Reportedly, in the last 100 years, 30 countries have made the decision to relocate their capital city.1 Motivations for this have varied broadly from authoritarian whim, such as the moving of the Kazakh capital from Almaty to Astana in 1997 or the creation of Naypyitaw in 2005 and the subsequent moving of the Myanmar capital from Rangoon, or national rivalries such as the building of Canberra to appease Sydney and Melbourne (situated in-between the two) and the establishment of La Paz as co-Capital next to Sucre in 1899 after a brief civil war in Bolivia.2 3 According to Professor Vadim Rossman of the Higher School of Economics a key theme in moving capitals has been to create balance through the uniting of different areas of a country. The moving of the capital in Nigeria from Lagos to Abuja in 1990 was done for this very reason, with its central position designed to balance the Christian south and the Muslim north.4 Likewise, the creation of centrally located Brasilia in Brazil during the 1950s was designed to connect the interior with the heavily populated coastal regions.5

According to Bloomberg, currently, more than 40 countries are contemplating moving their capital, with the reasons for doing so becoming increasingly necessary due to overpopulation and the effects of climate change.6 One such country who has set these wheels in motion is Egypt who announced in 2015 that they would be creating a new capital 28 miles east of Cairo and at an estimated cost of $58 billion; although the project has now been delayed until 2021 due to COVID-19.7 As reported by CNN, the new capital plans to ‘have an international airport bigger than Heathrow, solar energy farms, 40,000 hotel rooms, nearly 2,000 schools and 18 hospitals – all linked together by over 6,000 miles of new roads’ and covering over 150 square miles.8  The new capital is also said to have plans for a new presidential palace and parliament, Africa’s tallest skyscraper and housing for 6.5 million people.9 It is hoped that the creation of this new capital will help to be a solution for the pollution, congestion and soaring rents faced by residents of Cairo. A similar problem has presented itself to Indonesia who also finds itself needing to unite different parts of the vast archipelago. One could argue that the need to move the capital from Jakarta is even more of a necessity for Indonesia who faces both the environmental and human factors.

In August 2019, the Indonesian President, Joko Widodo, announced that the national capital, which had resided in Jakarta on the island of Java since 1949, would be moved to East Kalimantan, on the Indonesian portion of Borneo.10 The government, currently based in Jakarta, announced that a new purpose-built city will be built on a 2,560 sq.km site on the island and will house the country’s administrative infrastructure including a new presidential palace, a new parliament, as well as new government offices and a Supreme Court.11 Alongside these buildings will be homes for an estimated 1.5 million civil servants.12   The cost of this venture is expected to cost $32.7 billion largely funded by public-private partnerships and private investments, with the state directly funding 19% of the costs.13 President Widodo has called the move to Kalimantan strategic due to its location ‘in the centre of Indonesia and close to urban areas’ also commenting that ‘a capital city is not just a symbol of national identity, but also a representation of the progress of the nation.14 15 This is for the realization of economic equality and justice’. Whilst the government had hoped to begin moving staff to the new capital by 2024 it is expected that this timetable will need to be revised due to the Finance Minister having to relocate funds from the project budget in order to be utilised against the ongoing COVID-19 pandemic.16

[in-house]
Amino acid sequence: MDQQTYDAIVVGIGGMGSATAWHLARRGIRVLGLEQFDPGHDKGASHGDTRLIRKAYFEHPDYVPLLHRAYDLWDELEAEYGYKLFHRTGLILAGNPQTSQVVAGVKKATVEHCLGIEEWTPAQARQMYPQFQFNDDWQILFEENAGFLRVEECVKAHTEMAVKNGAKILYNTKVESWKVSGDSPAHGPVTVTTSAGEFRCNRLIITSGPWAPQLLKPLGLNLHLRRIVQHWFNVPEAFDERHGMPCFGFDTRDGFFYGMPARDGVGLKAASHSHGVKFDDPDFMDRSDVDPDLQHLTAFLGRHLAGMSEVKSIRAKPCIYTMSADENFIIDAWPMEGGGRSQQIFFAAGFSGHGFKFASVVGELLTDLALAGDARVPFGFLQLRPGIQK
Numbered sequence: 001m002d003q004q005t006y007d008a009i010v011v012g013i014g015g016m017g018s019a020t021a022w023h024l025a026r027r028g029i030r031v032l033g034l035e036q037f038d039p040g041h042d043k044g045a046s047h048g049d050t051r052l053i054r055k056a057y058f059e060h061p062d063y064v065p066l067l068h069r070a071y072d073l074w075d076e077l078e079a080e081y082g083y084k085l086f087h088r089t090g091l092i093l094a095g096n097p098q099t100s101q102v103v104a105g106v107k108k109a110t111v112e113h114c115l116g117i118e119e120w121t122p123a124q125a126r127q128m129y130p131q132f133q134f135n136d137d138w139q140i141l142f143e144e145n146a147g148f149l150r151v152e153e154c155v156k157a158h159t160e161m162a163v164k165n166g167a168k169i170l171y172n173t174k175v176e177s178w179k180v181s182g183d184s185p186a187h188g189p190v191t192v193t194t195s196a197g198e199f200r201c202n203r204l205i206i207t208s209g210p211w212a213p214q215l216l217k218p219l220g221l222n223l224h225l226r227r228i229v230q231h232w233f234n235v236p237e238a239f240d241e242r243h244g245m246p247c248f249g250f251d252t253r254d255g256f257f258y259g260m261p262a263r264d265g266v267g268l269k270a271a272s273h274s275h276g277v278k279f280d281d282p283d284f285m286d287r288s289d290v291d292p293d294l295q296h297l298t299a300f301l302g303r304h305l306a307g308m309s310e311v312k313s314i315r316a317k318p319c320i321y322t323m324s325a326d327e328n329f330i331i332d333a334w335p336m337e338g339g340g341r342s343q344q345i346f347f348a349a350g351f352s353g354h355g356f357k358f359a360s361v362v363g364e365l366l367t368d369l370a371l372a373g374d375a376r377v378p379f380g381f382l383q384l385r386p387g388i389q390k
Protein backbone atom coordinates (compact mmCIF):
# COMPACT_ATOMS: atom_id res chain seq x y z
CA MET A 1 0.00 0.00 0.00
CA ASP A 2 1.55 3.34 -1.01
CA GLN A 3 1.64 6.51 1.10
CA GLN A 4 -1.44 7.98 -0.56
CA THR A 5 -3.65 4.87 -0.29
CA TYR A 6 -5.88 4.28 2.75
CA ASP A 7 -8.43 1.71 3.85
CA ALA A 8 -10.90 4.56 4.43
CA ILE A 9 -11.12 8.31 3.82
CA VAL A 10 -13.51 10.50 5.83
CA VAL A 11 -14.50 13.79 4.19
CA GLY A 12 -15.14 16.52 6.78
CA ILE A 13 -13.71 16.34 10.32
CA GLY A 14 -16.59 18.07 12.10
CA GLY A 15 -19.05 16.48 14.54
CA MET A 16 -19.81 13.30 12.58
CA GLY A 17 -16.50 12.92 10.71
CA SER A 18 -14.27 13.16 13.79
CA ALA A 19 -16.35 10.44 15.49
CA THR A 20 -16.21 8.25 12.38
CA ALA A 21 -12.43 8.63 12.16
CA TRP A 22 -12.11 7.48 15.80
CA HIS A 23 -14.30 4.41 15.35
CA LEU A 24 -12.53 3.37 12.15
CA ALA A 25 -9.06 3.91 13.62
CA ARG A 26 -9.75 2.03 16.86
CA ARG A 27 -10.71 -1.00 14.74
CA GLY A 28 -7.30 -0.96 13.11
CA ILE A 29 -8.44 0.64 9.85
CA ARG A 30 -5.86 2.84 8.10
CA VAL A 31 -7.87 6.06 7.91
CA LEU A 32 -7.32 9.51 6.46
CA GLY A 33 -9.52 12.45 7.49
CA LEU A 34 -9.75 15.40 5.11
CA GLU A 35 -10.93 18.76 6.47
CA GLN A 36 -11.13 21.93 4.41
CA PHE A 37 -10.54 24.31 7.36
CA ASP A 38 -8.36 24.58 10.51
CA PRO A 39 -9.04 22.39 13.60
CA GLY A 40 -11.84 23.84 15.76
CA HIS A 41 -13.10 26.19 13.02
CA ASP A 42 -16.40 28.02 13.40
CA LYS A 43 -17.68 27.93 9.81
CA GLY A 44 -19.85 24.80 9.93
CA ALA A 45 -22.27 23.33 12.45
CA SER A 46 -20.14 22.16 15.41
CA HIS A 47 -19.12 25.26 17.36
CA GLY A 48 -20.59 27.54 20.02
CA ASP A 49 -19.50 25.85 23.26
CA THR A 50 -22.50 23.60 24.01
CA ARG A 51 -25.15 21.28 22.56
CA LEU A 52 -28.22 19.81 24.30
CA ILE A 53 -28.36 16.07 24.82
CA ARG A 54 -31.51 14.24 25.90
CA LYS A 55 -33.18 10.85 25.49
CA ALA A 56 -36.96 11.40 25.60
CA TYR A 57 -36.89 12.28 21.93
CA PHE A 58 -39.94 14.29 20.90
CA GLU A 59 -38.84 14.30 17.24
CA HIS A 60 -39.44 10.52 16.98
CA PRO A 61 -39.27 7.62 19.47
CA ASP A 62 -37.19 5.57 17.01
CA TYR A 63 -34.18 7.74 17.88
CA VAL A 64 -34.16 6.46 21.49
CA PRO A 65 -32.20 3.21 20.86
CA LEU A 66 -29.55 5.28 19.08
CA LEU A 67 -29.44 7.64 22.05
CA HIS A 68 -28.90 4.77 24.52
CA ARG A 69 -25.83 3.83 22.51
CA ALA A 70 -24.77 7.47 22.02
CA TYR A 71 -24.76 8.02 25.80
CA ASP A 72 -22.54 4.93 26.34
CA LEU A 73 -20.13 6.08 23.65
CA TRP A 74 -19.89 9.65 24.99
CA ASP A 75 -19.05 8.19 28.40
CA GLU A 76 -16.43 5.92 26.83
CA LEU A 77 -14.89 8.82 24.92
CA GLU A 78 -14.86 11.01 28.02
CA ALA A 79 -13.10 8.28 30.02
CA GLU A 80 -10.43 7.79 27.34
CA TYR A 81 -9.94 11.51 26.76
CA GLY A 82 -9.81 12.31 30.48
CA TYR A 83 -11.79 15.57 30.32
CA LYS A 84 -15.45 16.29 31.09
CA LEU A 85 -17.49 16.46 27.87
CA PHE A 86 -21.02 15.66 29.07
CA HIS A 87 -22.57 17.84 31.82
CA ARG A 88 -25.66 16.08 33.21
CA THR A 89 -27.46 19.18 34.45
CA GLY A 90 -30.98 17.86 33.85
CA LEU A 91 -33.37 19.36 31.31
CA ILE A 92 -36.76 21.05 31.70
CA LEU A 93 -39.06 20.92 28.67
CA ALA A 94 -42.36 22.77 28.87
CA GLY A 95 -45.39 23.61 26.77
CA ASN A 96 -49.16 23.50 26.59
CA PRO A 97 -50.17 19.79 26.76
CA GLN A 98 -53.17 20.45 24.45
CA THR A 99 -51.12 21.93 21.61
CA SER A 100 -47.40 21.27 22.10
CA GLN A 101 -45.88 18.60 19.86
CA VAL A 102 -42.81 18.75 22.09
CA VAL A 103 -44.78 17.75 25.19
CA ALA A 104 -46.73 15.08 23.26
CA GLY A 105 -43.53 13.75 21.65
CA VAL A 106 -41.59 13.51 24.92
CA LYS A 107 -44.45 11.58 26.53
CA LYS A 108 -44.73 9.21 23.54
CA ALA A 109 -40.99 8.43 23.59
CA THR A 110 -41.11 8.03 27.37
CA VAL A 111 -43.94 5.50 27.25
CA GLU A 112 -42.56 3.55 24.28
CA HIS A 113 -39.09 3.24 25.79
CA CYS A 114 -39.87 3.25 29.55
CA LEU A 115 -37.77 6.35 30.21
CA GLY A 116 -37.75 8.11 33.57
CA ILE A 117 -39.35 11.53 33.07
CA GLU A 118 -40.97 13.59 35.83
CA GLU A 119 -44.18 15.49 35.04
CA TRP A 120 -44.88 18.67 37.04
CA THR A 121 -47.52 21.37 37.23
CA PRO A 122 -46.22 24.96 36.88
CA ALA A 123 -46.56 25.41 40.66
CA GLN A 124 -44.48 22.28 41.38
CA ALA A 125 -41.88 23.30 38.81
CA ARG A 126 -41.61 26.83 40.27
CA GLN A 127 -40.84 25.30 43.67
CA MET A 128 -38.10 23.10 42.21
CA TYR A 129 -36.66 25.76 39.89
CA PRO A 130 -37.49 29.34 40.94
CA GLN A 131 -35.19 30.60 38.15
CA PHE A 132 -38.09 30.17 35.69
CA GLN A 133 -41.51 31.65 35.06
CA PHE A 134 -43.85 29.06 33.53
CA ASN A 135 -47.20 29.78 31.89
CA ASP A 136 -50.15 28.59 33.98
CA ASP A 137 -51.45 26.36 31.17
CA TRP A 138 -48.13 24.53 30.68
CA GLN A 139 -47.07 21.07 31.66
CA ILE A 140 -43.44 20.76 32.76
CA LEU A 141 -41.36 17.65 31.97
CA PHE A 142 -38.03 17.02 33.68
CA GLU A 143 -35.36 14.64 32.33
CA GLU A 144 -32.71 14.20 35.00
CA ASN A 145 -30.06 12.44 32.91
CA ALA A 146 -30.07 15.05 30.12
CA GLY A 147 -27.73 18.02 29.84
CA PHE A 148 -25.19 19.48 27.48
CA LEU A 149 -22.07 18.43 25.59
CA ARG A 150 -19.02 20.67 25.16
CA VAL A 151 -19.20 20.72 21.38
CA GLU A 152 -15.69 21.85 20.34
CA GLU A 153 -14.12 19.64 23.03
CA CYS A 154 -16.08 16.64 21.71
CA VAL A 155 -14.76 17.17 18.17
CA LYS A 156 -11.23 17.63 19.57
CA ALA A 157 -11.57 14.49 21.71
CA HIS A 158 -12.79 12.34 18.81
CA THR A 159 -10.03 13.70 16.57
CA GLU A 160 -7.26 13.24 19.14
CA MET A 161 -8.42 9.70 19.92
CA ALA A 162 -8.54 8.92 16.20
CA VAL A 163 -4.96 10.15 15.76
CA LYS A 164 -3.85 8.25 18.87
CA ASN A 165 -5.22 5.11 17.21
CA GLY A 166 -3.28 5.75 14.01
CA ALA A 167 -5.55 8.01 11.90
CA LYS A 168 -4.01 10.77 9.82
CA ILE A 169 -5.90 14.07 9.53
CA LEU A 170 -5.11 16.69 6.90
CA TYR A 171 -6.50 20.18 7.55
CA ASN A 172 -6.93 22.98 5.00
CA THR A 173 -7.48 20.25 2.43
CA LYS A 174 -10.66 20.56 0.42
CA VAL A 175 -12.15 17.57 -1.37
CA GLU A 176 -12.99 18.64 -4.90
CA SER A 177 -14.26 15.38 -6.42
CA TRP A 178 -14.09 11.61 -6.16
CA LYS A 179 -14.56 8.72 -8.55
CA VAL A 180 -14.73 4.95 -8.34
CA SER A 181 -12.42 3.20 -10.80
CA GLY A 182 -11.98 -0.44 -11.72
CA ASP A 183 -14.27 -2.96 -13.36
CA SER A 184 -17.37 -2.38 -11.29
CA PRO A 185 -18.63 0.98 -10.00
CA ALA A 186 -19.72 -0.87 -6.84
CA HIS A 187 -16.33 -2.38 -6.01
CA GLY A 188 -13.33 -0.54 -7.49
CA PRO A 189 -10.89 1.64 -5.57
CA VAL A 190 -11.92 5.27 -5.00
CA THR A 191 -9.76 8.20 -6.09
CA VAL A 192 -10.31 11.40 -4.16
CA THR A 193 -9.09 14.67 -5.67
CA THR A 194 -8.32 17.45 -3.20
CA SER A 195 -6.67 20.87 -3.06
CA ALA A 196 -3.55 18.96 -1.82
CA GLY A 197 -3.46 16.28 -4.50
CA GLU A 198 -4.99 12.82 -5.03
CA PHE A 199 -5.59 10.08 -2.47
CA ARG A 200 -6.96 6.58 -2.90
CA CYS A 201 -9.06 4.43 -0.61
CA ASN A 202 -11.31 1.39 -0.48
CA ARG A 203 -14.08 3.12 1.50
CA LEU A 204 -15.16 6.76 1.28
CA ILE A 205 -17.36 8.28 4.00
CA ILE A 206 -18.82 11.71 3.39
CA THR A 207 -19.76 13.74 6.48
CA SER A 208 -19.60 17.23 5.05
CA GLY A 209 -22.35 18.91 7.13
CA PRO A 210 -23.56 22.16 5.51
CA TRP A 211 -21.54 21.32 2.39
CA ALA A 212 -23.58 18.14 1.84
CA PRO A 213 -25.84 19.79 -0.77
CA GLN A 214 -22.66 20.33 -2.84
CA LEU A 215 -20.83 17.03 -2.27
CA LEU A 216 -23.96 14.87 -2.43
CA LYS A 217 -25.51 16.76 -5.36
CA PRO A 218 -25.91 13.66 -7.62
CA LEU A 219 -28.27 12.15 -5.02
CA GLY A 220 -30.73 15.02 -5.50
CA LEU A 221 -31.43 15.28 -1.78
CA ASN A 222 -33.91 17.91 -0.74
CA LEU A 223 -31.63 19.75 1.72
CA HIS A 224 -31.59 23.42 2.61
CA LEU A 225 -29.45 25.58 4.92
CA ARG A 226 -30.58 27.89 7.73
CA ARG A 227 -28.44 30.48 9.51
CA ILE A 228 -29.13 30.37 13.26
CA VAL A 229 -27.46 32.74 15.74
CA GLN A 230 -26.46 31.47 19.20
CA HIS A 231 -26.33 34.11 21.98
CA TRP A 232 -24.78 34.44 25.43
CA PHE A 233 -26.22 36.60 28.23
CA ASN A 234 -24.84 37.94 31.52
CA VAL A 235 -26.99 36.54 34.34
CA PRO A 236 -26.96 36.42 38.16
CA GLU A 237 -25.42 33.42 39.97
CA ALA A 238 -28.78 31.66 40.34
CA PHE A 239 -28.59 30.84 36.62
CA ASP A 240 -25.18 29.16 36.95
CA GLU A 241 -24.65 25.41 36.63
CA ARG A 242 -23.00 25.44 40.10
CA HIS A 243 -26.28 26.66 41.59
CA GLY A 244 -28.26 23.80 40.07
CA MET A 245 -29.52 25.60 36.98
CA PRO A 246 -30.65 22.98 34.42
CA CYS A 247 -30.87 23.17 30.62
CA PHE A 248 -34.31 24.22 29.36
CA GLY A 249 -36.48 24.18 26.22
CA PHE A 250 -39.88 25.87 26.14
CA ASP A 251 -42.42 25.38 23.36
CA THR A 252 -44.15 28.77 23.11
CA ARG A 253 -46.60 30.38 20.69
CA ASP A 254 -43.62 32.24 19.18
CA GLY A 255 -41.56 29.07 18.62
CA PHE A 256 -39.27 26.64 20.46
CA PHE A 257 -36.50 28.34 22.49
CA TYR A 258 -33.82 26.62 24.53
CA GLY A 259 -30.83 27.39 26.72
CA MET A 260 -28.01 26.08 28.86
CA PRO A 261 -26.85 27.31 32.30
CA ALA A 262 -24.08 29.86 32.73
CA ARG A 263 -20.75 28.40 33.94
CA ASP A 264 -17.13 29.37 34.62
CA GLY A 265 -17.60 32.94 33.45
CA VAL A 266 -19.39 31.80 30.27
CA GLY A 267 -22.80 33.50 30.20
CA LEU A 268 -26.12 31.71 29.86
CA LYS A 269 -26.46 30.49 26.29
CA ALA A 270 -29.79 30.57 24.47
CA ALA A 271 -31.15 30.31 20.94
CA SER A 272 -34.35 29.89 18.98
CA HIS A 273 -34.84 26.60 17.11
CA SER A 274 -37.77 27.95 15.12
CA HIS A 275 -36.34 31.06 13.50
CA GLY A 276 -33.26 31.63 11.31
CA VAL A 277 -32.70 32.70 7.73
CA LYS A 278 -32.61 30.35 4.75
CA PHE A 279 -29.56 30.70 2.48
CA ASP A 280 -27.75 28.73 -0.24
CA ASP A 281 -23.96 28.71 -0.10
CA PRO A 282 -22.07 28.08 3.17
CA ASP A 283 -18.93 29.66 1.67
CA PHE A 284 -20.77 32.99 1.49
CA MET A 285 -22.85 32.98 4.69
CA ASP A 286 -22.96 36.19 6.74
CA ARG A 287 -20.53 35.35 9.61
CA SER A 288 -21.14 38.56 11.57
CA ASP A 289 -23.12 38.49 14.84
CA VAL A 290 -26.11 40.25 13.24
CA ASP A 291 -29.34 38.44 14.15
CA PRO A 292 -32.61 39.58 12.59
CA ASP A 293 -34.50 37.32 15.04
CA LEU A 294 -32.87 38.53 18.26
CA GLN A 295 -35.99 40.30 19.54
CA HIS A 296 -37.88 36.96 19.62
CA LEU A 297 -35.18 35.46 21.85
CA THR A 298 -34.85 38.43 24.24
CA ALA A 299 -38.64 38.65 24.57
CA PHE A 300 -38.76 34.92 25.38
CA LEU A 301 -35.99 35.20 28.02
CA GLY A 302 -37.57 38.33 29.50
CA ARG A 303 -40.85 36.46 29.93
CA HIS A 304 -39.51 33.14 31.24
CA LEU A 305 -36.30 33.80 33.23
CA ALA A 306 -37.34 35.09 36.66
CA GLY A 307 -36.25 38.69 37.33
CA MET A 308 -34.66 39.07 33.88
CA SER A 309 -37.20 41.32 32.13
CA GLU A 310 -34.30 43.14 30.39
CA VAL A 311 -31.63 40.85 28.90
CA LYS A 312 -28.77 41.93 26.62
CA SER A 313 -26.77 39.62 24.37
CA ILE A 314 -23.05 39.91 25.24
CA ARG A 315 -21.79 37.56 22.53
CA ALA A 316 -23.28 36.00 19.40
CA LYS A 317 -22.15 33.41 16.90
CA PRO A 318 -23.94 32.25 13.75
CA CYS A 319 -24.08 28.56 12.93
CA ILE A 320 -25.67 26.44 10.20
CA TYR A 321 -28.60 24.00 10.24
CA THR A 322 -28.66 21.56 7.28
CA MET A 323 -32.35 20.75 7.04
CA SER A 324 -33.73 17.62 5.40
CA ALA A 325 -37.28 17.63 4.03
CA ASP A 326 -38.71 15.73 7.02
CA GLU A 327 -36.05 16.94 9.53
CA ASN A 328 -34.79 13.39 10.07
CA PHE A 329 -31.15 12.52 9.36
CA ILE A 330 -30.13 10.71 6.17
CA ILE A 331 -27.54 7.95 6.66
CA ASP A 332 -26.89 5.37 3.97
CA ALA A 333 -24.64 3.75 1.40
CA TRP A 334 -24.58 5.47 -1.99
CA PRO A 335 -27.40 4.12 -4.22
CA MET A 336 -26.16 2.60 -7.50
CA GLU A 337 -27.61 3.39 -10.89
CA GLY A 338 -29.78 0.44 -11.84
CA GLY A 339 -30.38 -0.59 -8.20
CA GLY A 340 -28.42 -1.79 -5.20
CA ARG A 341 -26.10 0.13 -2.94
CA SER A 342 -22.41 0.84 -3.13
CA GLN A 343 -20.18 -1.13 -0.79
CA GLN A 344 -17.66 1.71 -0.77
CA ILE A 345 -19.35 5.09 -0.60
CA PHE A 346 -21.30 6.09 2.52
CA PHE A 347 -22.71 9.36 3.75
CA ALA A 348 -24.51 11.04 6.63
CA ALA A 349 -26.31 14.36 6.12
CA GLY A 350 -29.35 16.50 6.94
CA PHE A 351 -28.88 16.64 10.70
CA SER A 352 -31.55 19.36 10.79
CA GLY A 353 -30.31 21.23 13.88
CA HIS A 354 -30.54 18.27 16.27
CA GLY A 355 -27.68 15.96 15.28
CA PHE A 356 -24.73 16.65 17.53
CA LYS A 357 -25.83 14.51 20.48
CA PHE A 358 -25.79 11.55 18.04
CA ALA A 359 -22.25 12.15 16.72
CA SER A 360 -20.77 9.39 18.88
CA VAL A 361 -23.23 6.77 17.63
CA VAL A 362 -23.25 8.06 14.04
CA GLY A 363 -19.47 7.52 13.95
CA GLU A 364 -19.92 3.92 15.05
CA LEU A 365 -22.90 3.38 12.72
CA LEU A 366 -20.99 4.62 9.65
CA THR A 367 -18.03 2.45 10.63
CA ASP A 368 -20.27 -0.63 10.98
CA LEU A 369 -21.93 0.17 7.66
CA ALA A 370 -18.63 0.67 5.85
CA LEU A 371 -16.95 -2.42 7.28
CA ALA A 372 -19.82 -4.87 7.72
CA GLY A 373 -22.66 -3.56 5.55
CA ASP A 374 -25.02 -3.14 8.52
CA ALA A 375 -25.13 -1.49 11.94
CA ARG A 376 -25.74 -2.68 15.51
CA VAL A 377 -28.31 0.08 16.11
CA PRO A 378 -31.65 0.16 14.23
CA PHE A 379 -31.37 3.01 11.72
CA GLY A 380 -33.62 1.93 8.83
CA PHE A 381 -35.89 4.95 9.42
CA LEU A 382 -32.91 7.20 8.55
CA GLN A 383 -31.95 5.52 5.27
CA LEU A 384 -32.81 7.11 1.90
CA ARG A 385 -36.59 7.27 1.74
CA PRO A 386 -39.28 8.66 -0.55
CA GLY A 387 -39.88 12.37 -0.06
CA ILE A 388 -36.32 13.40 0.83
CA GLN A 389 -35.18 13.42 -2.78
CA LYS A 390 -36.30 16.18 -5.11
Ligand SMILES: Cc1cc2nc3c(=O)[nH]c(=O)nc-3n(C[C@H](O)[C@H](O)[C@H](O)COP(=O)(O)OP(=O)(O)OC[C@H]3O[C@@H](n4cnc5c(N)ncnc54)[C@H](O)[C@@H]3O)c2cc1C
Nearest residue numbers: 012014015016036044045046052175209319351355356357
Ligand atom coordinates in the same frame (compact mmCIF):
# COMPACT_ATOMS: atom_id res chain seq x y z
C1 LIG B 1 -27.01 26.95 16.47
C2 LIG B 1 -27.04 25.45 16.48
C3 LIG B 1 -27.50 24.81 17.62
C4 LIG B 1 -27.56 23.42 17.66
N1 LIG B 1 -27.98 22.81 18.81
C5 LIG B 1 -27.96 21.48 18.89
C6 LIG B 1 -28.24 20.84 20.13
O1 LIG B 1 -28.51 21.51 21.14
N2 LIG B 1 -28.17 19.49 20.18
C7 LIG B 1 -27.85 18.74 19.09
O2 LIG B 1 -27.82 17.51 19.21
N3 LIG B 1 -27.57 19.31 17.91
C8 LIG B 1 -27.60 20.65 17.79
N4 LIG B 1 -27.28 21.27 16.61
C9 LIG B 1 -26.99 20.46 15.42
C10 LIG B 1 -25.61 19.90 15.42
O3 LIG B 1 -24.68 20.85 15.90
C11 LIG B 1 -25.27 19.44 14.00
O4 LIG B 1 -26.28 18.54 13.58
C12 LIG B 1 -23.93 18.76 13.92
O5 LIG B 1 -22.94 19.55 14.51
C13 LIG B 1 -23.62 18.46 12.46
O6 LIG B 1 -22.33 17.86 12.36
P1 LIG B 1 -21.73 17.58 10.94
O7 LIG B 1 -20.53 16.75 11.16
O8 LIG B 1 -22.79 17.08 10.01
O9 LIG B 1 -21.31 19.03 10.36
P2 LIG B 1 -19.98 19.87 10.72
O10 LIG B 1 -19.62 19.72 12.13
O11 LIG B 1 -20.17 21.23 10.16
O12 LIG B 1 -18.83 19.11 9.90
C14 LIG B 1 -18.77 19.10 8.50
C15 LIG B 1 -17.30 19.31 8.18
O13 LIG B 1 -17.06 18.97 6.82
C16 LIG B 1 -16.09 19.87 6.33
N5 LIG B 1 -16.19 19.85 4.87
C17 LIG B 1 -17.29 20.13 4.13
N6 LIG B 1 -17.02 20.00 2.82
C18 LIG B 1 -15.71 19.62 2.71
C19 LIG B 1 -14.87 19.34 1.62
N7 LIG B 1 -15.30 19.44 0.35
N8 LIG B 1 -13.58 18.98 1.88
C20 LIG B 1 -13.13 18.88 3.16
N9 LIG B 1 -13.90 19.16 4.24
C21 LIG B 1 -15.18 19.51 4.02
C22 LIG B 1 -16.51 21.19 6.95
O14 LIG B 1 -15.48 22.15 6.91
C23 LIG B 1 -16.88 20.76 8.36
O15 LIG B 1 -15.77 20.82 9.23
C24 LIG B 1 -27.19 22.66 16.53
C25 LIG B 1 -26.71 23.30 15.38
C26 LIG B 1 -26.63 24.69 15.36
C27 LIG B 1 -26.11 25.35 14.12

The idea of moving the capital away from Jakarta is not a new one and has been considered for almost as long as Jakarta has acted as the capital, and was first raised by the country’s founding president, Sukarno.17 However, with the effects of climate change and overpopulation increasingly being felt on Java it has become a case of acting urgently. Due to overcrowding and traffic congestion air quality in Jakarta has become a big problem, having been recorded as being worse than infamously polluted cities such as Delhi and Beijing.18 Further to this, the country’s Planning Minister has also said that traffic congestion in Jakarta is currently costing the economy $6.8 billion a year.19 As well as being most polluted and most congested capital, Jakarta also has the accolade of fastest sinking.20 Whilst President Widodo described Java Island as being too heavy as a metaphor, referring to the island being home to 54% of the country’s 260 million population and 58% of its GDP, he could have also meant this literally with North Jakarta sinking 25cm a year due to subsistence, causing increased flooding.21 It is predicted that large parts of Jakarta could be fully submerged by 2050.22

Located in an area prone to natural disasters, Indonesia was not spoilt for choice when choosing a new location, especially now that these disasters are becoming more ubiquitous.23 This is also a problem that is, or will be, affecting more countries as the effects of climate change become increasingly apparent and it will not be a surprise if other countries follow suit and add to the lengthening list of countries who have moved their capital.